Grandma, Take One
Friday began the parade of Grandma’s coming to visit. My mom arrived Friday evening, and will leave Monday morning (well, her version of morning, which is our version of afternoon, most likely). My mother in law will arrive on Tuesday, and stay for two full weeks. Who doesn’t like a Grandma, right? Well, RR, that’s who. Who knew? Not us.
I’m not sure if it’s the constant handling, or my mom’s foreign shoulder, or rocking motion, or passive-aggressive comments, but we have fought with RR every day since my mom arrived. Fought while feeding her, soothing her, getting her to sleep, getting her to stop screaming, putting her down, picking her up – anytime my mom is in the room, it’s a battle. Our tiny, wonderful bundle of cozy happiness, with her predictable every-three-hour eating/sleeping schedule, and mornings spent cooing at my wife while she sings to her, has turned into a restless demon. Oh sure, it could be her three week growth spurt, or gas, or colic (though this isn’t exclusive to evening), or just her dislike for repetitive conversations that start with, “Oh, guess who died?” but her attitude adjustment just so conveniently coincides with my mom’s three day, four night stay at our house.
Maybe RR can sense our tension. I mean, we do have a history with our visits. We knew it would be hard – it’s always hard. But I didn’t assume it would be transferred to our delicate, sensitive daughter in a way that would mean constant battling with feeding, burping, rocking, and sleeping. You know, her whole world.
The tension is also brought on by having to take care of my mother while she’s here, which is, I think we could all assume, should be the opposite when you’re dealing with two very exhausted, sleep-deprived moms who have only left the house a few times in the past three weeks, at the expense of Little Miss Car Seat Meltdown. Grandma’s are supposed to come help, right? Cook dinner, watch the kid so that you can go out and have some couple-time feed the baby, change the baby… you know, anything but terrorize the baby. But my mom is just about as helpless as RR – she won’t feed herself, much less feed us. In fact, we had to go to the grocery store specifically before her visit to pick up things that she would eat. Then we had to play a game called “hide the narcotics” because she has a history of getting up in the middle of the night and raiding our medicine cabinets for pain medicines or muscle relaxers. There’s a hundred more similar examples, but I’m too tired to list them all. Although (for a brief moment) we entertained the thought of leaving the house without RR, watching my daughter writhe in choking cries while tears pour down from her eyes while my mom held her didn’t leave me with the confidence that we could leave the house.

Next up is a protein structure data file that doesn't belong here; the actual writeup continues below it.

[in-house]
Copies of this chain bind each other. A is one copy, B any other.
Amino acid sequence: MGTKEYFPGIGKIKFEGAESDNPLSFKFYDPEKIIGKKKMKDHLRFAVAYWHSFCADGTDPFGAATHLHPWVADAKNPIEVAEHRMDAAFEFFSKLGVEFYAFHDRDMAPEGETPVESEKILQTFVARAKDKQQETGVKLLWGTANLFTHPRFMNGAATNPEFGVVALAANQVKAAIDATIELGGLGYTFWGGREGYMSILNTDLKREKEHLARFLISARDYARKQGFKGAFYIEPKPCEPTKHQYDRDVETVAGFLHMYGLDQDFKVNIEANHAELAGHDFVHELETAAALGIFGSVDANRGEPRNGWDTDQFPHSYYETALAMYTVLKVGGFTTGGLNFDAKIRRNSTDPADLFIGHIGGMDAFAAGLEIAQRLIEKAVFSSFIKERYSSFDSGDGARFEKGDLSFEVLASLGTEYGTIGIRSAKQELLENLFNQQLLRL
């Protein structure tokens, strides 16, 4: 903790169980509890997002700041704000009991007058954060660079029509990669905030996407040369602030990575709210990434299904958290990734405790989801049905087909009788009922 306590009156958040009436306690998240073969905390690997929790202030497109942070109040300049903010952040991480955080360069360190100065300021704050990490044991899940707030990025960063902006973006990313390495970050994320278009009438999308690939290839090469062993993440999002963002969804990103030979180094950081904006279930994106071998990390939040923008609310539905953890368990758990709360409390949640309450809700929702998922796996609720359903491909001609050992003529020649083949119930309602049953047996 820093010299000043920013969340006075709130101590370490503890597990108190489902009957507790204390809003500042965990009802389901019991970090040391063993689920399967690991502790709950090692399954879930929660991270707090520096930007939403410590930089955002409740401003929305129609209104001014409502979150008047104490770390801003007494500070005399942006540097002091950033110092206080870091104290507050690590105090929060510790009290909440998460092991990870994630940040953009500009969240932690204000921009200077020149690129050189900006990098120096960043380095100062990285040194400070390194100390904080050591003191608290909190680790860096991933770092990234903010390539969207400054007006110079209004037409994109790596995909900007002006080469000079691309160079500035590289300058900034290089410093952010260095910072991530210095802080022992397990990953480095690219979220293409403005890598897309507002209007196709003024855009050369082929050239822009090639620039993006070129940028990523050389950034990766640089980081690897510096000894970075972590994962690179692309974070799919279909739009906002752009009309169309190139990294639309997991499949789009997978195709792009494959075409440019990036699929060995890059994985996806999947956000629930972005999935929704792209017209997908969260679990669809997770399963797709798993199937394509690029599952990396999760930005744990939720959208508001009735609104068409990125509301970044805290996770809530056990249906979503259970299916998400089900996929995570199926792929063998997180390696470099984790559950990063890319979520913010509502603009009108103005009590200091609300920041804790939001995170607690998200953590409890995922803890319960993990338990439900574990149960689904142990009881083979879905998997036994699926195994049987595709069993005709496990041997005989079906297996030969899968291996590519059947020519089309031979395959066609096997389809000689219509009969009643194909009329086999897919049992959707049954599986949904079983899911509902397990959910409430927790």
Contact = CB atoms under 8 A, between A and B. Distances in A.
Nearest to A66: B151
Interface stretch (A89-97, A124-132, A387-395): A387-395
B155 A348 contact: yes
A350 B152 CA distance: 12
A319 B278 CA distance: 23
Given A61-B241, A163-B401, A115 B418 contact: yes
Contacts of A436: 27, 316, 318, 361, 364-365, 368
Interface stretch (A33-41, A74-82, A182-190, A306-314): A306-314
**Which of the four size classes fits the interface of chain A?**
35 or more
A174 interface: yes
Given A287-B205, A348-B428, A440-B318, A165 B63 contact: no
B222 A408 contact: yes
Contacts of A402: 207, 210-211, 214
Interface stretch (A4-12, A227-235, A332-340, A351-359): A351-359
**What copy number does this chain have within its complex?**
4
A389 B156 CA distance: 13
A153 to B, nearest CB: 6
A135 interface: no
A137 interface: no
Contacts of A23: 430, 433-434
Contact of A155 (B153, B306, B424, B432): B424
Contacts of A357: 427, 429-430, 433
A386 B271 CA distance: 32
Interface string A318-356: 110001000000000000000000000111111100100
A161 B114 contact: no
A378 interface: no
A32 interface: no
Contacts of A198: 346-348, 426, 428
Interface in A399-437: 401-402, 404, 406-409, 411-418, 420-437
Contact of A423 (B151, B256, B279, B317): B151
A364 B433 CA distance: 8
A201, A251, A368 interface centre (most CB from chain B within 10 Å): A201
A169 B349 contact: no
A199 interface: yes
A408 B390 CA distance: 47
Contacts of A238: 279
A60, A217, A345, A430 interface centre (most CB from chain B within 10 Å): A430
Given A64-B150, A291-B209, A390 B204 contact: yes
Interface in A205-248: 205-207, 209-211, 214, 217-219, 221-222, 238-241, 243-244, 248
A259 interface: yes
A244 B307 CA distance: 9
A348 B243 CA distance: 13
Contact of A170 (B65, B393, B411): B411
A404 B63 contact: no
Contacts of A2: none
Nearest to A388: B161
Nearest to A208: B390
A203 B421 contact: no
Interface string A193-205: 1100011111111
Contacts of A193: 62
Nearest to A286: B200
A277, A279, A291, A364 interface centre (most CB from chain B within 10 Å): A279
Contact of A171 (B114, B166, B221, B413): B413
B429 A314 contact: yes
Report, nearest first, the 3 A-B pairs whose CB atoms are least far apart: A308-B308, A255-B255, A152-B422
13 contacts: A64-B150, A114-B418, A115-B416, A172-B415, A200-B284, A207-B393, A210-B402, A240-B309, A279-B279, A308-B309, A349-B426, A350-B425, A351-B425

It’s been a challenging visit… on everyone. Monday she’ll depart, and Tuesday, my wife’s mother will arrive. She offers a whole different kind of crazy, but she can at least be trusted to make coffee and bacon in the morning, lasagna for dinner, and probably a lot of pies in the meantime. She might take more kindly to suggestions of “Maybe hold her this way?” or “Maybe I should take her for a bit?” unlike other Grandma’s we know. My mom will be back for a week (yes, a week) in late August when my wife goes back to work full-time. Maybe RR and she can spend some time reconciling their differences. If not, God help us all.